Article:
Deans' stroke musings

Changing stroke rehab and research worldwide now.Time is Brain!Just think of all the trillions and trillions of neurons that DIE each day because there are NO effective hyperacute therapies besides tPA(only 12% effective). I have 493 posts on hyperacute therapy, enough for researchers to spend decades proving them out. These are my personal ideas and blog on stroke rehabilitation and stroke research. Do not attempt any of these without checking with your medical provider. Unless you join me in agitating, when you need these therapies they won't be there.

What this blog is for:

Shortly after getting out of the hospital and getting NO information on the process or protocols of stroke rehabilitation and recovery I started searching on the internet and found that no other survivor received useful information. This is an attempt to cover all stroke rehabilitation information that should be readily available to survivors so they can talk with informed knowledge to their medical staff. It's quite disgusting that this information is not available from every stroke association and doctors group.
My back ground story is here:

Thursday, April 6, 2017

Poststroke Depression: A Scientific Statement for Healthcare Professionals From the American Heart Association/American Stroke Association

What a fucking waste of words. Nothing on protocols to treat depression or that anti-depressants provide better functional recovery. Words, words, words, but 12,272 useless words.

Common antidepressant can help stroke patients improve movement and coordination Sept. 2015 


Antidepressants may help people recover from stroke even if they are not depressed Jan. 2013

  But you can read this on your own and figure out how to self treat yourself.

Poststroke Depression: A Scientific Statement for Healthcare Professionals From the American Heart Association/American Stroke Association

Amytis Towfighi, Bruce Ovbiagele, Nada El Husseini, Maree L. Hackett, Ricardo E. Jorge, Brett M. Kissela, Pamela H. Mitchell, Lesli E. Skolarus, Mary A. Whooley, Linda S. Williams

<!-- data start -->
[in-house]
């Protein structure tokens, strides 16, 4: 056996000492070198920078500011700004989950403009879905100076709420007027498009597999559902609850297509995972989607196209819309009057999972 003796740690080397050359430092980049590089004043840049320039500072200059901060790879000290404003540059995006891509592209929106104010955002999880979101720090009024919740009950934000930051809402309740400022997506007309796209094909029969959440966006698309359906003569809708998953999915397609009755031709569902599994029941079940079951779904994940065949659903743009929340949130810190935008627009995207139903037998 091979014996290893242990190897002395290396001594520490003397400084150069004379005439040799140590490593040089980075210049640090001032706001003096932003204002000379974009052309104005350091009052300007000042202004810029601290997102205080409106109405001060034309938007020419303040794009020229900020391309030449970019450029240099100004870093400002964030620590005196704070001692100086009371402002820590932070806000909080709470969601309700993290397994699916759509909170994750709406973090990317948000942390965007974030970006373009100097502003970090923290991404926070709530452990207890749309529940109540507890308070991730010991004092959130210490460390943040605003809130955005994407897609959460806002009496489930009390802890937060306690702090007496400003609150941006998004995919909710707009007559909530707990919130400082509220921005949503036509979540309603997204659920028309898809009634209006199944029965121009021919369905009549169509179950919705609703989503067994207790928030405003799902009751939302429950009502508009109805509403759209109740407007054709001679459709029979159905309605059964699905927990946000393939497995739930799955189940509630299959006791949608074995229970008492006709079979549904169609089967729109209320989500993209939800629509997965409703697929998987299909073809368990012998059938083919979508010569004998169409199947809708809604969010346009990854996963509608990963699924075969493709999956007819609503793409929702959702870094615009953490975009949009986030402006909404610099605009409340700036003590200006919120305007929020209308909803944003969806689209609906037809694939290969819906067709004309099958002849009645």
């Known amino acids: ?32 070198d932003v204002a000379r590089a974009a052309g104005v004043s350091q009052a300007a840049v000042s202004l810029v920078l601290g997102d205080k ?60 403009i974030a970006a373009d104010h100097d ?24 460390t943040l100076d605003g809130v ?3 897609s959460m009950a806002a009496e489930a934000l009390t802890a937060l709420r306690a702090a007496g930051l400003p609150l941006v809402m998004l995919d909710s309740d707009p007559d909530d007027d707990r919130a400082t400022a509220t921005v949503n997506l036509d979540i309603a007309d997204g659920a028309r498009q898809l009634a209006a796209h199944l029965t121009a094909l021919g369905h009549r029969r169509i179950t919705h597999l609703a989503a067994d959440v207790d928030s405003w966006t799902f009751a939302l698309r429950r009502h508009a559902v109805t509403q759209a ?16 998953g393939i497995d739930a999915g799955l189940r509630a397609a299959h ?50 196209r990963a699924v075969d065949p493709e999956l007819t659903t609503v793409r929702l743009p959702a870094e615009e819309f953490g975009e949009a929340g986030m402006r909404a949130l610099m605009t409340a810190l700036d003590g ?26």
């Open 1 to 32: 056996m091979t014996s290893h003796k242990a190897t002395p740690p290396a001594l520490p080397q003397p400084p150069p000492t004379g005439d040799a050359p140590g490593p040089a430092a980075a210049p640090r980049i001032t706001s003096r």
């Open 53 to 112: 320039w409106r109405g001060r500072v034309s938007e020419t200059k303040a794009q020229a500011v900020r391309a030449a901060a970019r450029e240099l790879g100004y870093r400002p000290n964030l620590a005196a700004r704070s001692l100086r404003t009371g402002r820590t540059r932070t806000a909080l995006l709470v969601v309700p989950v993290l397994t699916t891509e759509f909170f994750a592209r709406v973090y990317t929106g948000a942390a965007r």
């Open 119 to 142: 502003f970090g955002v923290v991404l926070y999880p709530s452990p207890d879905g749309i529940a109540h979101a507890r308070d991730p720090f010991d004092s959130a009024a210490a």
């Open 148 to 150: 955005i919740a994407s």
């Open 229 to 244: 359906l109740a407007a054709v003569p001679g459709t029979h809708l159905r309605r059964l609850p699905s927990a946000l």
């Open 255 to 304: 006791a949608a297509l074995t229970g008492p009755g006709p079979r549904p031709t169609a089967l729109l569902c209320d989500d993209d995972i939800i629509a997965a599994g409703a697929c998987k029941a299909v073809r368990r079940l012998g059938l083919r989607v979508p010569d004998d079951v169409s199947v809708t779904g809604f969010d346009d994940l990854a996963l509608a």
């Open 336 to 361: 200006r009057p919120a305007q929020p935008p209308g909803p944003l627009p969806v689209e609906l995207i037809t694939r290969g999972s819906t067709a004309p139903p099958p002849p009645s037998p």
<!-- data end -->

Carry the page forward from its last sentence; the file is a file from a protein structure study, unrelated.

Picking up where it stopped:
and on behalf of the American Heart Association Stroke Council; Council on Cardiovascular and Stroke Nursing; and Council on Quality of Care and Outcomes Research


Poststroke depression (PSD) is common, affecting approximately one third of stroke survivors at any one time after stroke. Individuals with PSD are at a higher risk for suboptimal recovery, recurrent vascular events, poor quality of life, and mortality. Although PSD is prevalent, uncertainty remains regarding predisposing risk factors and optimal strategies for prevention and treatment. This is the first scientific statement from the American Heart Association on the topic of PSD. Members of the writing group were appointed by the American Heart Association Stroke Council’s Scientific Statements Oversight Committee and the American Heart Association’s Manuscript Oversight Committee. Members were assigned topics relevant to their areas of expertise and reviewed appropriate literature, references to published clinical and epidemiology studies, clinical and public health guidelines, authoritative statements, and expert opinion. This multispecialty statement provides a comprehensive review of the current evidence and gaps in current knowledge of the epidemiology, pathophysiology, outcomes, management, and prevention of PSD, and provides implications for clinical practice.


Depression occurs in approximately one third of stroke survivors at any one time1 and is associated with poor functional outcomes2 and higher mortality.3 Although poststroke depression (PSD) is one of the most common complications after stroke, few guidelines exist regarding assessment, treatment, and prevention of PSD. This scientific statement summarizes published evidence on the causes, predisposing factors, epidemiology, screening, treatment, and prevention of PSD; illuminates gaps in the literature; and provides management implications for clinical practice.

Much more at link.

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